Stay tuned.


I'm betting NASCAR is going

I'm betting NASCAR is going to subpoena his complete medical records regarding the prescription and they'll challenge its legitimacy. Produce the brain scan or else...

and I'm betting Bill Diehl

and I'm betting Bill Diehl is going to subpoena everyone in the sport who has anything to hide.....he'll go all the way back to the tim richmond thing, and certainly bring up the ron hornaday thing....at least Jeremy apparently had a real doctor making the call.....not that we shouldn't be laying all this out on the table, but I don't think NASCAR really wants to go down this path, or needs to go down this path. NASCAR has made the point. One question I have is if Mayfield does get the okay to run at Pocono, or Michigan or Loudon, what will the other drivers say? At least all the facts are out on the table now. That's good. Adderall. Well, NASCAR can make its play, and Jeremy can make his play. At least we all now know what the deal is.
At some point -- think Mauricia Grant -- you just pull the plug and go on down the road.

"One question I have is if

"One question I have is if Mayfield does get the okay to run at Pocono, or Michigan or Loudon, what will the other drivers say?"

There but by the grace of God go I.

I can think of one top-tier driver I believe was on antidepressants who voiced concerns about this episode.

Question #1 ... Did Mayfield

Question #1 ... Did Mayfield take drugs that would help him perform better?
Answer to that. Yes he did... he took drugs to make his sinuses better..
Question #2 ... Should NASCAR have suspended him for taking the 2 Combined drugs?
Answer to that.. No Plain and Simple... they should have sent him too their own Doctor or a Hospital to be re-tested ASAP and than go from there...
So when did it really become illegal to take drugs for a Medical Reason????
Im sure every other nascar driver has been seeing their own doctors since Mayfield got Suspended to make sure sure they are legal for what they can take...
Take note....Jeff Gordon just had some stuff done for his back problem....taking pain pills and pills for his back...watch out nascar if you go suspend him for that....im sure there would be a strike or something close too that or it would be called the "Gordon Cup" after they sued the pants off of nascar....
If Nascar wants to do a drug test so be it...that is a good thing. but do it within reason.... BUT Nascar i believe is getting a little bit out of hand on some of these small rules that they are enforcing. If Mike Helton was in the same Situtation im sure he would have done the same thing... Just as im sure most of the other NASCAR DRIVERS have already done too..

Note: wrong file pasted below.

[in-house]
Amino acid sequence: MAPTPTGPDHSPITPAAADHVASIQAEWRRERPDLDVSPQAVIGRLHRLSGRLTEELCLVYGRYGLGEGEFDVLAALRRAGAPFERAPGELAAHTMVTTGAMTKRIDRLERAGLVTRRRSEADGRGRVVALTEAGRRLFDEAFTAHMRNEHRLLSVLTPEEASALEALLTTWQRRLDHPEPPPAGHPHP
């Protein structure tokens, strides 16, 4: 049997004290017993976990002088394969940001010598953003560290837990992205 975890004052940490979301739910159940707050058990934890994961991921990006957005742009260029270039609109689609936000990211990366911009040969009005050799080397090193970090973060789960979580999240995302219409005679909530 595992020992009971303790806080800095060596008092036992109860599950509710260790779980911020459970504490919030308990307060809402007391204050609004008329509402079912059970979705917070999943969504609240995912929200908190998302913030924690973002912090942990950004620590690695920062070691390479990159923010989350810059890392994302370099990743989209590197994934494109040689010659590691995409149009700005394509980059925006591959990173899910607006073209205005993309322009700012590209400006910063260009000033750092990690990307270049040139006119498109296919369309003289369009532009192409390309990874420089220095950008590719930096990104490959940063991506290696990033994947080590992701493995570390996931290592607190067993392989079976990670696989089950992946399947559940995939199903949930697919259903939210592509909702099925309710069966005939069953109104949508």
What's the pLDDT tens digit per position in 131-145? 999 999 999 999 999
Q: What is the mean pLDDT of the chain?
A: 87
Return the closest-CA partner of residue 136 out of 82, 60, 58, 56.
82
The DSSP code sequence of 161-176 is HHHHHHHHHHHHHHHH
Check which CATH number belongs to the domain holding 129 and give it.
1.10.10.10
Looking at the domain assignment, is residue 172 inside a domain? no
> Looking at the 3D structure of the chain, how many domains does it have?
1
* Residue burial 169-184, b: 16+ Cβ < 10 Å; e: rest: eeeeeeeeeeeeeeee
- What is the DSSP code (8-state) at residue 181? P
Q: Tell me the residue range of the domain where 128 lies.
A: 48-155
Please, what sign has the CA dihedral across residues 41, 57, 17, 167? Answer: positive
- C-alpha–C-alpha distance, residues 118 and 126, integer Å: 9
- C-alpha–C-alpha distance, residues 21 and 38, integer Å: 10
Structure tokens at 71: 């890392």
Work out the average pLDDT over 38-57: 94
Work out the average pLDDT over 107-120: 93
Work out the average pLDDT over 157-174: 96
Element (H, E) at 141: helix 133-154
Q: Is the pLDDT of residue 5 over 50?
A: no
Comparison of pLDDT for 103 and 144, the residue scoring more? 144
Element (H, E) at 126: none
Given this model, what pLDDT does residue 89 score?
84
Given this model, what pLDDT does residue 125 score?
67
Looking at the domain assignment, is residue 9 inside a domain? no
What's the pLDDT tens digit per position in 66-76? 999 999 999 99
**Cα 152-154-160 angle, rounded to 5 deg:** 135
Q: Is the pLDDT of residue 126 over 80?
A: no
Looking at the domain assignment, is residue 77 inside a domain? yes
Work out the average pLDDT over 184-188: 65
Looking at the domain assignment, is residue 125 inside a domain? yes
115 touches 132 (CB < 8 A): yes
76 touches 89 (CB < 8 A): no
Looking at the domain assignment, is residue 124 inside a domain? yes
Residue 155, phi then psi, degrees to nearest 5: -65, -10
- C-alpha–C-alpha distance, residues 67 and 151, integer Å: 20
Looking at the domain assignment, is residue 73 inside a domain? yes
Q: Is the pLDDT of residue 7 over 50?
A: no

NASCAR is a OPEN SPORT not a PRIVATE CLUB .... Just say If i won 200 million in a lottery and wanted to Join, all i would have to do is pay for my License and im in the sport.... yes, granted i'm sure there's an exam or some small stuff involved here and there also.. And, yes, granted i would have to start at the bottom and work my way up just like every other nascar driver has had too do...

I really hope Mayfield Wins his Court Case against nascar... there was nothing done to his car to make it perform better than the other cars,, he didn't take Illegal drugs,, he took drugs for a MEDICAL REASON.

NASCAR has every right to

NASCAR has every right to protect the safety of the rest of the field from someone who is abusing prescribed medications or illicit drugs. That said, they should be trying to get to the bottom of what is going on here instead of sticking their heads in the sand. Mayfield may get his win in the courtroom, but NASCAR will take it out on him once he gets back in the garage.

If you remember the scene in "Days of Thunder" when Big John gives the lecture to Cole Trickle and Rowdy Burns. "You ever heard of a "Japanese Inspection?" Japanese Inspection, you see, when the Japs take in a load of lettuce they're not sure they wanna let in the country, why they'll just let it sit there on the dock 'til they get good and ready to look at, But then of course, it's all gone rotten... ain't nothing left to inspect. You see, lettuce is a perishable item... like you two monkeys. You trade paint one more time, you so much as touch, I'm gonna Black Flag the two of you, and tear apart your racecars for three-hundred laps. Then, if you pass inspection and you put your cars back together, I might let you back into the race."

This is what it will be like for Mayfield even if he gets justice in the courtroom.

jeremy's situation is a tough